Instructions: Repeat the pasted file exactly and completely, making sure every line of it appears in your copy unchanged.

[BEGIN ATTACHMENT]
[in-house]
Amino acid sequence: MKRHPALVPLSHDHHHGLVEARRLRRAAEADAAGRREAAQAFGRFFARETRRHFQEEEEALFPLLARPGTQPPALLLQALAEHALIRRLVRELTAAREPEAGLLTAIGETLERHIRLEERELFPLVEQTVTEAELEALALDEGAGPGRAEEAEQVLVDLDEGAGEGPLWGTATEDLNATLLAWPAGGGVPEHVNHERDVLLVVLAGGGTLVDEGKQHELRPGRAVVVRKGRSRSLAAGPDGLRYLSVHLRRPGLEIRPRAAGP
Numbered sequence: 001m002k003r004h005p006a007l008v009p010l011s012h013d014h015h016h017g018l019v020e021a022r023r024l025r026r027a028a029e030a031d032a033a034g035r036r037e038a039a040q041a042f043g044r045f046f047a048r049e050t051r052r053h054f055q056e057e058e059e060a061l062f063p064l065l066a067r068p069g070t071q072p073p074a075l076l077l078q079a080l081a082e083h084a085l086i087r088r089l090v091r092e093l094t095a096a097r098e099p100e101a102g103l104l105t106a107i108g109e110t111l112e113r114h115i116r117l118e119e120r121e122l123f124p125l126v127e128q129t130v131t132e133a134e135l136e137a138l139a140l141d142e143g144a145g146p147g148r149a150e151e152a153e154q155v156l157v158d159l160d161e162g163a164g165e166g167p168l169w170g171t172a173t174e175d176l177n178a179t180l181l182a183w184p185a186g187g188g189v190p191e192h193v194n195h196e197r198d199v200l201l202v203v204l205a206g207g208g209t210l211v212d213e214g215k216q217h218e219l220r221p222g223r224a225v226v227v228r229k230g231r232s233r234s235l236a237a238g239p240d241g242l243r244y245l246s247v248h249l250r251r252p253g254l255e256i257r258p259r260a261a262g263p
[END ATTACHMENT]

[in-house]
Amino acid sequence: MKRHPALVPLSHDHHHGLVEARRLRRAAEADAAGRREAAQAFGRFFARETRRHFQEEEEALFPLLARPGTQPPALLLQALAEHALIRRLVRELTAAREPEAGLLTAIGETLERHIRLEERELFPLVEQTVTEAELEALALDEGAGPGRAEEAEQVLVDLDEGAGEGPLWGTATEDLNATLLAWPAGGGVPEHVNHERDVLLVVLAGGGTLVDEGKQHELRPGRAVVVRKGRSRSLAAGPDGLRYLSVHLRRPGLEIRPRAAGP
Numbered sequence: 001m002k003r004h005p006a007l008v009p010l011s012h013d014h015h016h017g018l019v020e021a022r023r024l025r026r027a028a029e030a031d032a033a034g035r036r037e038a039a040q041a042f043g044r045f046f047a048r049e050t051r052r053h054f055q056e057e058e059e060a061l062f063p064l065l066a067r068p069g070t071q072p073p074a075l076l077l078q079a080l081a082e083h084a085l086i087r088r089l090v091r092e093l094t095a096a097r098e099p100e101a102g103l104l105t106a107i108g109e110t111l112e113r114h115i116r117l118e119e120r121e122l123f124p125l126v127e128q129t130v131t132e133a134e135l136e137a138l139a140l141d142e143g144a145g146p147g148r149a150e151e152a153e154q155v156l157v158d159l160d161e162g163a164g165e166g167p168l169w170g171t172a173t174e175d176l177n178a179t180l181l182a183w184p185a186g187g188g189v190p191e192h193v194n195h196e197r198d199v200l201l202v203v204l205a206g207g208g209t210l211v212d213e214g215k216q217h218e219l220r221p222g223r224a225v226v227v228r229k230g231r232s233r234s235l236a237a238g239p240d241g242l243r244y245l246s247v248h249l250r251r252p253g254l255e256i257r258p259r260a261a262g263p